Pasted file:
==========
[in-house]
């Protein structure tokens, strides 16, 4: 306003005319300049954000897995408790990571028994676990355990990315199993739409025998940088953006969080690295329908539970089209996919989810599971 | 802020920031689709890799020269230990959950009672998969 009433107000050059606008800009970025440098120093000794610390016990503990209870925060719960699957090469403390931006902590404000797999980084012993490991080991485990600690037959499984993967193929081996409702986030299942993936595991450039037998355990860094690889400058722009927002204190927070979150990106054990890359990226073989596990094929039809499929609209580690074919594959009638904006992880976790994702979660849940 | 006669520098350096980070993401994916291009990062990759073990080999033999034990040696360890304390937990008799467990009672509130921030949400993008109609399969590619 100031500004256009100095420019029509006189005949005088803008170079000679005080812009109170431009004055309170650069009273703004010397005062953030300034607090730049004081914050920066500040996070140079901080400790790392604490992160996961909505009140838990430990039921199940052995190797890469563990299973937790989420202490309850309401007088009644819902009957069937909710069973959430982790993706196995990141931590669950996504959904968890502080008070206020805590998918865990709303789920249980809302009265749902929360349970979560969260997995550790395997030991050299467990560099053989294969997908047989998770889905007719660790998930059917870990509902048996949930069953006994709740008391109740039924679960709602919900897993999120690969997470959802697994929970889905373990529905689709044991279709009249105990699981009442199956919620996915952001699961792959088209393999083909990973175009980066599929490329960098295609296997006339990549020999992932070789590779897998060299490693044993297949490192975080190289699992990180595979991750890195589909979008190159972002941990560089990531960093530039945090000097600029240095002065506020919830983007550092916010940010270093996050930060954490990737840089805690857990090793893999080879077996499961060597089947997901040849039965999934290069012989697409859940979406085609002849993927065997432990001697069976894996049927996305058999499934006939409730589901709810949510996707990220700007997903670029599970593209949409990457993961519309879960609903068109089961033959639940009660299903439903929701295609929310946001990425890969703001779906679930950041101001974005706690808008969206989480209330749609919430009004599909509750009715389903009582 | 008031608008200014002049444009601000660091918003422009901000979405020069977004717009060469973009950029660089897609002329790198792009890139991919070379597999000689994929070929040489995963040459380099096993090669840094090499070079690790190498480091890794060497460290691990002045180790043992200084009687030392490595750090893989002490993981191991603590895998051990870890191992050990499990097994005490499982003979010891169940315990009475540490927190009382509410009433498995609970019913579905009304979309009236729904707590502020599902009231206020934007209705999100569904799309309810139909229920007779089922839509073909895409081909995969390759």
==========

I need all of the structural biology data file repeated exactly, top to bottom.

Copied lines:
[in-house]
């Protein structure tokens, strides 16, 4: 306003005319300049954000897995408790990571028994676990355990990315199993739409025998940088953006969080690295329908539970089209996919989810599971 | 802020920031689709890799020269230990959950009672998969 009433107000050059606008800009970025440098120093000794610390016990503990209870925060719960699957090469403390931006902590404000797999980084012993490991080991485990600690037959499984993967193929081996409702986030299942993936595991450039037998355990860094690889400058722009927002204190927070979150990106054990890359990226073989596990094929039809499929609209580690074919594959009638904006992880976790994702979660849940 | 006669520098350096980070993401994916291009990062990759073990080999033999034990040696360890304390937990008799467990009672509130921030949400993008109609399969590619 100031500004256009100095420019029509006189005949005088803008170079000679005080812009109170431009004055309170650069009273703004010397005062953030300034607090730049004081914050920066500040996070140079901080400790790392604490992160996961909505009140838990430990039921199940052995190797890469563990299973937790989420202490309850309401007088009644819902009957069937909710069973959430982790993706196995990141931590669950996504959904968890502080008070206020805590998918865990709303789920249980809302009265749902929360349970979560969260997995550790395997030991050299467990560099053989294969997908047989998770889905007719660790998930059917870990509902048996949930069953006994709740008391109740039924679960709602919900897993999120690969997470959802697994929970889905373990529905689709044991279709009249105990699981009442199956919620996915952001699961792959088209393999083909990973175009980066599929490329960098295609296997006339990549020999992932070789590779897998060299490693044993297949490192975080190289699992990180595979991750890195589909979008190159972002941990560089990531960093530039945090000097600029240095002065506020919830983007550092916010940010270093996050930060954490990737840089805690857990090793893999080879077996499961060597089947997901040849039965999934290069012989697409859940979406085609002849993927065997432990001697069976894996049927996305058999499934006939409730589901709810949510996707990220700007997903670029599970593209949409990457993961519309879960609903068109089961033959639940009660299903439903929701295609929310946001990425890969703001779906679930950041101001974005706690808008969206989480209330749609919430009004599909509750009715389903009582 | 008031608008200014002049444009601000660091918003422009901000979405020069977004717009060469973009950029660089897609002329790198792009890139991919070379597999000689994929070929040489995963040459380099096993090669840094090499070079690790190498480091890794060497460290691990002045180790043992200084009687030392490595750090893989002490993981191991603590895998051990870890191992050990499990097994005490499982003979010891169940315990009475540490927190009382509410009433498995609970019913579905009304979309009236729904707590502020599902009231206020934007209705999100569904799309309810139909229920007779089922839509073909895409081909995969390759």